George Stovall recalls delivering ice to residents and businesses as a youngster in the Gas Plant District while working for his family’s business.
By Frank Drouzas
ST. PETERSBURG — Hundreds of Black families, businesses, churches, and community spaces were displaced or destroyed by the construction of Tropicana Field. Former residents of the Gas Plant and Laurel Park neighborhoods and their descendants share memories of a safe, supportive, and thriving community and the lasting impact of its demolition.
The story of the Gas Plant and Laurel Park neighborhoods is unique to Pinellas County and has a history repeated across this country and generations of Black and Brown communities. If we are to move forward with race equity, we must know, understand, honor, and be changed by our collective past.
As George Stovall grew up in hot and sunny St. Pete, he did his best to keep everything on ice.
His grandfather, Napoleon Bonaparte Jackson, started the Jackson Ice Company on 11th Street between Central Avenue and what became First Avenue North. As a youngster, long before he was of legal age to drive, he helped deliver ice that the dealers would take around to the Gas Plant area, he explained, adding that he delivered ice to businesses and families at other locations such as Methodist Town and Cooper’s Town.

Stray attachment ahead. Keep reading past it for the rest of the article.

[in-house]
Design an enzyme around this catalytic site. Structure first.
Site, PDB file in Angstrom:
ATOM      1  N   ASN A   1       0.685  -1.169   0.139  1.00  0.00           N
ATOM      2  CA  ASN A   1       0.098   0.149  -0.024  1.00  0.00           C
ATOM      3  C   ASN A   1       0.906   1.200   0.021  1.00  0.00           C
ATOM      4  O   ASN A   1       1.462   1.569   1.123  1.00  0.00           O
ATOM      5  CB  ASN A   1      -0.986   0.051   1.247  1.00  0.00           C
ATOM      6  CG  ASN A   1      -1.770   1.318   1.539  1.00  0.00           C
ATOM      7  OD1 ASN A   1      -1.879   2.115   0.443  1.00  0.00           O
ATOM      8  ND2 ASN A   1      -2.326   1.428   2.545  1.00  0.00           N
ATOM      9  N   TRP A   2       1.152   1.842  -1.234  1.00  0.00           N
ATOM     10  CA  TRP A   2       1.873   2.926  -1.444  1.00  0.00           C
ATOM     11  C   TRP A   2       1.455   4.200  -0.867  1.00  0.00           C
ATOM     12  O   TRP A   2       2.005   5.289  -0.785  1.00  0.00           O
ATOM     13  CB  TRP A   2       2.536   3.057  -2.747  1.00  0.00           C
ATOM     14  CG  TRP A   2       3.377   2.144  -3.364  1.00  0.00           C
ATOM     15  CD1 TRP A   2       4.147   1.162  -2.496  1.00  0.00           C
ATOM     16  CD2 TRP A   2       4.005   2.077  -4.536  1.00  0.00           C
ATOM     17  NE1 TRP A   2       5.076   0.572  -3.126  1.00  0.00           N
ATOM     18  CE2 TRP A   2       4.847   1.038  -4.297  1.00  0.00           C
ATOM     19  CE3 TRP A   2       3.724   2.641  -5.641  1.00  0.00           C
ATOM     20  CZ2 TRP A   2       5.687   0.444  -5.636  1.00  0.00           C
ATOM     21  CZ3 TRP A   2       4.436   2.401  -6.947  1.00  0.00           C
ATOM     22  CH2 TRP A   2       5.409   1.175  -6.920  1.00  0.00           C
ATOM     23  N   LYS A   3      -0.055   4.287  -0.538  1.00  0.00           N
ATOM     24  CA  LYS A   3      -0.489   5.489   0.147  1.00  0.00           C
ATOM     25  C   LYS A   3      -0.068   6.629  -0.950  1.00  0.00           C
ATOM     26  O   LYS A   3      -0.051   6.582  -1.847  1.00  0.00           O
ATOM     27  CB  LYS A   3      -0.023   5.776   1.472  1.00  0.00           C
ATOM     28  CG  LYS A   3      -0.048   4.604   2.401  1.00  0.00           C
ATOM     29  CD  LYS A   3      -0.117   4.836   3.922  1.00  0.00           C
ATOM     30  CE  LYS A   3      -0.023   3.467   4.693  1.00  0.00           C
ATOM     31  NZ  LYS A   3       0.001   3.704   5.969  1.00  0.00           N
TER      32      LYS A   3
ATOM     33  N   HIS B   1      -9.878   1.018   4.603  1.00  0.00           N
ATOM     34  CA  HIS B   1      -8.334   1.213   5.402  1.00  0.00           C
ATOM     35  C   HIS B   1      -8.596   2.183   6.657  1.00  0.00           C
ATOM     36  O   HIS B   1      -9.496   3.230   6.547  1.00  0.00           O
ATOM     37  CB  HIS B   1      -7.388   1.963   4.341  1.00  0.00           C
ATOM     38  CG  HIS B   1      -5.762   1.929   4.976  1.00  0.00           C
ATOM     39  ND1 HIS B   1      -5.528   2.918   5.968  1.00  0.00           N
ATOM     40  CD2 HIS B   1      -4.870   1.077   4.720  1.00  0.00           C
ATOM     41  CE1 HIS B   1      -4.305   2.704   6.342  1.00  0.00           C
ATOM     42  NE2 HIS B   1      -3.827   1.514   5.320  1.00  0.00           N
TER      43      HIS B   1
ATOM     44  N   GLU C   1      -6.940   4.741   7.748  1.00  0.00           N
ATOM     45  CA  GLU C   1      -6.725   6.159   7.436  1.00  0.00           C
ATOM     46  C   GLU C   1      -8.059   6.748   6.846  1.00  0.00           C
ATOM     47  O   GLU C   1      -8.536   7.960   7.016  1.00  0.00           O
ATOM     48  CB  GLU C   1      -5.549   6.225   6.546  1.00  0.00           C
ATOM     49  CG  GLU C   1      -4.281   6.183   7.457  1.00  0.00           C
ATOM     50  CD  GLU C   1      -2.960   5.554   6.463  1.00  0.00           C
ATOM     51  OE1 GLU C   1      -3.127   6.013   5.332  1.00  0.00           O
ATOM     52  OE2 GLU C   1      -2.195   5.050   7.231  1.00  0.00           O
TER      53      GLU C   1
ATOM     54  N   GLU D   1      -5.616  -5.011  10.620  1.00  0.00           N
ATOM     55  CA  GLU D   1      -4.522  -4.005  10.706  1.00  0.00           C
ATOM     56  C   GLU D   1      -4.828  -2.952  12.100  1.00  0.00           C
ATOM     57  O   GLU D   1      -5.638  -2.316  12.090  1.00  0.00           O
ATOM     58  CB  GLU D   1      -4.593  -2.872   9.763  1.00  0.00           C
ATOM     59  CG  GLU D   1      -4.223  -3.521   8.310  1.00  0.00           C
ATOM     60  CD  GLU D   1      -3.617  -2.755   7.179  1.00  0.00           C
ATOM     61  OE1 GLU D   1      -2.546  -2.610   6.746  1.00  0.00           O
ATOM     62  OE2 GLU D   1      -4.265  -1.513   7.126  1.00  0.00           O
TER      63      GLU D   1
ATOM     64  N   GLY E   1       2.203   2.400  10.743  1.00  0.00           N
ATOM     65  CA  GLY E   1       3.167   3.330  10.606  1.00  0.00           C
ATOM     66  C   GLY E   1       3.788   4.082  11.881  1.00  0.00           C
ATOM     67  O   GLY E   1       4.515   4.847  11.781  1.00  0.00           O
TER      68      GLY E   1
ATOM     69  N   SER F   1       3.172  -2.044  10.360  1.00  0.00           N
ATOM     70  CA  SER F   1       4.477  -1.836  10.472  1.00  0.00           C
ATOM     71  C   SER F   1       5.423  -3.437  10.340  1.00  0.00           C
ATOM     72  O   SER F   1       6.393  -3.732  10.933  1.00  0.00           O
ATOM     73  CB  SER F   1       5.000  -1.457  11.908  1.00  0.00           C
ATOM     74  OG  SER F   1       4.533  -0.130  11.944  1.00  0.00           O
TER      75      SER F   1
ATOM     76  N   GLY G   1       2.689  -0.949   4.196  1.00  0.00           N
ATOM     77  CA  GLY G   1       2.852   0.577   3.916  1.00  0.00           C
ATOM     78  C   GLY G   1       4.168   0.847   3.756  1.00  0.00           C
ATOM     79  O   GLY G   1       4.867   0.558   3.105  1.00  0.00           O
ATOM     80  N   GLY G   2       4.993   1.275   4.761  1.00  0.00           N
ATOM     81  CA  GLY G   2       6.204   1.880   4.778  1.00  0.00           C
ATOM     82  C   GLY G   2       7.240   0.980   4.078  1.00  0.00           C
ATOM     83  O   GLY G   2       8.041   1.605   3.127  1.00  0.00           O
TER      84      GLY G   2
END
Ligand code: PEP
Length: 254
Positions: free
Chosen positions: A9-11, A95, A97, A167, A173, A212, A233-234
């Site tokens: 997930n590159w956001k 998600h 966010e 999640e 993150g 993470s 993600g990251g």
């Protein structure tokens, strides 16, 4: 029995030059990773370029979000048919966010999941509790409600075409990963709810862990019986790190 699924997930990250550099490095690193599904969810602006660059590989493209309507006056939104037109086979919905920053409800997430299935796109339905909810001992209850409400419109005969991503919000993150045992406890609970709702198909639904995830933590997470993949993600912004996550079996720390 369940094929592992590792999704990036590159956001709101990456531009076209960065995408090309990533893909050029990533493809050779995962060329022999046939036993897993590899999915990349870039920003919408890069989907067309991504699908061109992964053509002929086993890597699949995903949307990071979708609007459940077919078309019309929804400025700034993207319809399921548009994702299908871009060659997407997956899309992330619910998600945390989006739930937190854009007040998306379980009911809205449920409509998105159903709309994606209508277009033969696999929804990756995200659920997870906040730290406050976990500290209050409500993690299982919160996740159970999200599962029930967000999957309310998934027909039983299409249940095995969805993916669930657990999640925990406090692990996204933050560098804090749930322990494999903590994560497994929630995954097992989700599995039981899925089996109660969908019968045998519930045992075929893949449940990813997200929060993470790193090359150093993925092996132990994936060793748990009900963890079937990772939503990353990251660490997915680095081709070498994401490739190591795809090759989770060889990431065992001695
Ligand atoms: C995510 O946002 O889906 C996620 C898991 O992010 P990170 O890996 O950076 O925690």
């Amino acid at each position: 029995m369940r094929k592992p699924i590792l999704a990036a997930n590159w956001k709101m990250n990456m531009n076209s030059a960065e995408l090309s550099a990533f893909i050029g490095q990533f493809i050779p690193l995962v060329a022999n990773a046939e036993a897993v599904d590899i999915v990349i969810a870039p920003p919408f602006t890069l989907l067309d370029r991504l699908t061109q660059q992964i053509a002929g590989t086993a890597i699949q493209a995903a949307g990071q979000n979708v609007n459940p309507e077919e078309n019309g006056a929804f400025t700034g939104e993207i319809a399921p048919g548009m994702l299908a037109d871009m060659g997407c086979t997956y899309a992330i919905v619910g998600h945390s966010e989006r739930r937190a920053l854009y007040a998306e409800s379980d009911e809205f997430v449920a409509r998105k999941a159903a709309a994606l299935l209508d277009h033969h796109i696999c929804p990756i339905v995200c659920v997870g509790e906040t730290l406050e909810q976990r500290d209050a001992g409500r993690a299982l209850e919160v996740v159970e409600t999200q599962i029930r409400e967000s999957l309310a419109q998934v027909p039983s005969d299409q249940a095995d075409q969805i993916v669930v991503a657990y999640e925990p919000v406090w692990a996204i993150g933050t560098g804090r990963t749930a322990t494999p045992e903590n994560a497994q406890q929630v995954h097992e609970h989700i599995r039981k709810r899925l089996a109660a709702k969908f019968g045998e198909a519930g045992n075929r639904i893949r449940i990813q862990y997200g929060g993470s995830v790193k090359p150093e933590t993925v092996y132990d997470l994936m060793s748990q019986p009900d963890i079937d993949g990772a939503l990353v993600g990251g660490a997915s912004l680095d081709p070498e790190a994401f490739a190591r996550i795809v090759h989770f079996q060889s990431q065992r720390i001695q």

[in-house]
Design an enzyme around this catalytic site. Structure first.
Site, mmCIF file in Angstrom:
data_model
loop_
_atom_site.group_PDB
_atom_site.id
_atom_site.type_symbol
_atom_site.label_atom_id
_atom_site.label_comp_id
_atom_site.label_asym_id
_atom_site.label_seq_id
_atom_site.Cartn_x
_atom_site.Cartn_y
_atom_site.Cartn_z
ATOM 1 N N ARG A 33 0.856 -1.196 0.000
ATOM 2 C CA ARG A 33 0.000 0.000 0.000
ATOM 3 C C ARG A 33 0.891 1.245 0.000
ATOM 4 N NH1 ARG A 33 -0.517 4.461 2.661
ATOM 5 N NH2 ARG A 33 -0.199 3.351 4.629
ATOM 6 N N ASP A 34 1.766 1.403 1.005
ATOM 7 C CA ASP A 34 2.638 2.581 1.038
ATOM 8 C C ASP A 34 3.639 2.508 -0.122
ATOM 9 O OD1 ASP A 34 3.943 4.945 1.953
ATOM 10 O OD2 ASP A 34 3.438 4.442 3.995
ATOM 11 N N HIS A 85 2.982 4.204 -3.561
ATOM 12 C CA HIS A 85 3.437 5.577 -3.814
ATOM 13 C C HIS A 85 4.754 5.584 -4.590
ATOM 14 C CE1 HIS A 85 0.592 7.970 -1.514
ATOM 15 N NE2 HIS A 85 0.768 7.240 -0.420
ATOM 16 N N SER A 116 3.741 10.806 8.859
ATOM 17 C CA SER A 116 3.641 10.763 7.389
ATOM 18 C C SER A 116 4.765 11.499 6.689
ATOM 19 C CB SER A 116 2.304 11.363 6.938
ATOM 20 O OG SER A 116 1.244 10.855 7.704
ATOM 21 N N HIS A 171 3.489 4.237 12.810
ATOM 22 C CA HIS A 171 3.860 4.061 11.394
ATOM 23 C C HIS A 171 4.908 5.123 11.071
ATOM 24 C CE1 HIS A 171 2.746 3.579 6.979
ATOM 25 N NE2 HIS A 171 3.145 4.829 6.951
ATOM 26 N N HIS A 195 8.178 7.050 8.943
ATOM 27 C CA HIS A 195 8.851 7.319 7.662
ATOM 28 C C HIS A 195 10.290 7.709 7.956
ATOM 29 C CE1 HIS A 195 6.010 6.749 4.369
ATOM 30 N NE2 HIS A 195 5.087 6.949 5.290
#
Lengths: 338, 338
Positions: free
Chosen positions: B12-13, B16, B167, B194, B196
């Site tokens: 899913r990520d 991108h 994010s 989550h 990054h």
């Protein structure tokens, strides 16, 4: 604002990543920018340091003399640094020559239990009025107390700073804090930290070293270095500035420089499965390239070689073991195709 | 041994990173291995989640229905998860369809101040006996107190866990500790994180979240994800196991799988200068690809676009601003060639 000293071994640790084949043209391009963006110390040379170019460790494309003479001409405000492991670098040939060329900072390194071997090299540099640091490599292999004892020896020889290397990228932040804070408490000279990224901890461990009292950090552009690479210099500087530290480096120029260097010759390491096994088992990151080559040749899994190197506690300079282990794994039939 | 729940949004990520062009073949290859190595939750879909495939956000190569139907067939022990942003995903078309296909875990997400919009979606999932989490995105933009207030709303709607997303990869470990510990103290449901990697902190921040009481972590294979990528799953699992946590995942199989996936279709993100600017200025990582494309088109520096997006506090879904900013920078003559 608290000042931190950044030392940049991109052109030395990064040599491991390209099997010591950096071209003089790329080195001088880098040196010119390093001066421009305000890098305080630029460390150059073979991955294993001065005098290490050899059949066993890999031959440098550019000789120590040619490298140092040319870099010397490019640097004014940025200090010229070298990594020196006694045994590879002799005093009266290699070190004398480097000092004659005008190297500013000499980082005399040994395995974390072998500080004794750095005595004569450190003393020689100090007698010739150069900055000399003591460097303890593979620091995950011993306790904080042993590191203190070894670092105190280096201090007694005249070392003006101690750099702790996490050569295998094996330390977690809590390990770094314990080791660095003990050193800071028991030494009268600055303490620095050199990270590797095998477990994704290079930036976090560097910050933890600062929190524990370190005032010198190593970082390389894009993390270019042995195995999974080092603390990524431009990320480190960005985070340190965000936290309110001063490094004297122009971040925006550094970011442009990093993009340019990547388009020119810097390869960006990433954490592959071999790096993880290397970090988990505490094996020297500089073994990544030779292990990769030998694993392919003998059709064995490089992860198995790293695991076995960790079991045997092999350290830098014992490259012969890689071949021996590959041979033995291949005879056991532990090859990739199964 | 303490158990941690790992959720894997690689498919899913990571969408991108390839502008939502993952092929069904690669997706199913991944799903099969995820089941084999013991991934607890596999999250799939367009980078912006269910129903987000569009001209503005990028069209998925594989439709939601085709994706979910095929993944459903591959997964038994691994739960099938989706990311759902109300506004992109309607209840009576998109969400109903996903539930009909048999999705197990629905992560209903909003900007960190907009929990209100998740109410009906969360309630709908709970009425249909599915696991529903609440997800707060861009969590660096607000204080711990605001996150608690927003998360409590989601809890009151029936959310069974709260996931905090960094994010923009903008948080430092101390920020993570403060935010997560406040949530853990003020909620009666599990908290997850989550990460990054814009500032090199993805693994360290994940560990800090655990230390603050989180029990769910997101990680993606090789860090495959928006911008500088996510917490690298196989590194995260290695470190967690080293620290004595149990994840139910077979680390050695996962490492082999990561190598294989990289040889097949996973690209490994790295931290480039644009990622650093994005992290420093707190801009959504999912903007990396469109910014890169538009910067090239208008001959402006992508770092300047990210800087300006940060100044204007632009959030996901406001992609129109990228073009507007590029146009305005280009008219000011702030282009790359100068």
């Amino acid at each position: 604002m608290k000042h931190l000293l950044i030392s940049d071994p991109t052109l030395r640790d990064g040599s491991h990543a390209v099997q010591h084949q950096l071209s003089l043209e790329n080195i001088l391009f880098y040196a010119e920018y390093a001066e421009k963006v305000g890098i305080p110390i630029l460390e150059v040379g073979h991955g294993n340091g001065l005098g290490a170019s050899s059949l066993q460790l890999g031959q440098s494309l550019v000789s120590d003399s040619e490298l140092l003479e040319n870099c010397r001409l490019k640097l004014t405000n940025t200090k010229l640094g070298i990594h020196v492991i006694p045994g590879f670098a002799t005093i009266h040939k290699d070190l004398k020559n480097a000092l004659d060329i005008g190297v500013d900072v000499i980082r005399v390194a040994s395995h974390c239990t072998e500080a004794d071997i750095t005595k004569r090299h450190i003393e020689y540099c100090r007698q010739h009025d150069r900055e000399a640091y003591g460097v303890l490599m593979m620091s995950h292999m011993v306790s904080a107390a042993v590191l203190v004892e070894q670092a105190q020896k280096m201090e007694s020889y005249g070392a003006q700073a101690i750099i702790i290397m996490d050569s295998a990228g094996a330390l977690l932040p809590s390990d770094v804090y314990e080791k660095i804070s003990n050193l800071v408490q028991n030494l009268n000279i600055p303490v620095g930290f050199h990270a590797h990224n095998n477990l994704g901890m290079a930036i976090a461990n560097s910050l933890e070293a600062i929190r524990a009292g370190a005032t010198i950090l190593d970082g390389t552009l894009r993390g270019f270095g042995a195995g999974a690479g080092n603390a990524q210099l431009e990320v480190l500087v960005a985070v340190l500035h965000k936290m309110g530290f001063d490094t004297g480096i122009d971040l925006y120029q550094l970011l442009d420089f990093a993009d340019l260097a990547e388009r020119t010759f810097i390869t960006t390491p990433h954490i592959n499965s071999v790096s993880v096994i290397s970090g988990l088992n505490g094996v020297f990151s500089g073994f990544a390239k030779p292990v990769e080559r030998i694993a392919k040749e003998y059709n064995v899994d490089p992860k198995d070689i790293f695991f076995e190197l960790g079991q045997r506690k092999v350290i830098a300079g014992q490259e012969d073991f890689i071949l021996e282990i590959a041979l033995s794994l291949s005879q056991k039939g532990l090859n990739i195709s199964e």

Stovall said he got to know the African-American families in those neighborhoods.
“I got to know their children, their wives, their husbands. I got to know their stories because we delivered ice to their ice boxes and kitchens,” said Stovall, noting that there were no refrigerators back in those days.
He recalled stories of hauling ice blocks that weighed 25 pounds and more up flights of stairs and supplying a charismatic traveling Black vegetable vendor, who went by the moniker “Mr. I Got ‘Em” and wore a top hat with ice to keep his vegetables fresh.
He also worked in the Jackson plants, so he put ice into all the Black workers’ iceboxes and water canisters before they went to work.
“So, I got to know everyone really well as people,” he said. “People working just like me.”
This was uncommon among his white peers, Stovall pointed out, because of segregation. He recalled at one of the company locations, Jackson Ice Plant #1, there was a sign above a drinking fountain that read, “Whites only.” He estimated it had been there for over two decades. One day Stovall had asked his father, whose office was nearby, why they still had such a sign posted. His father simply nodded, smiled, and walked away.
Two or three days later, though, when Stovall walked by that same water fountain, he discovered the sign was gone, and the area above the fountain repainted.
“My father did that, and it made me feel really good!” he said.
At Plant #2, where he also did some work, he took matters into his own hands.
“I changed that sign myself,” Stovall recalled, noting that afterward, he sensed a change around the plant. “To me, it made a big difference.”
Click here to watch videos of residents recalling their gas plant memories.
George Stovall recorded his memories of the Gas Plant District on Dec. 12, 2021, at the Gas Plant/Laurel Park Reunion.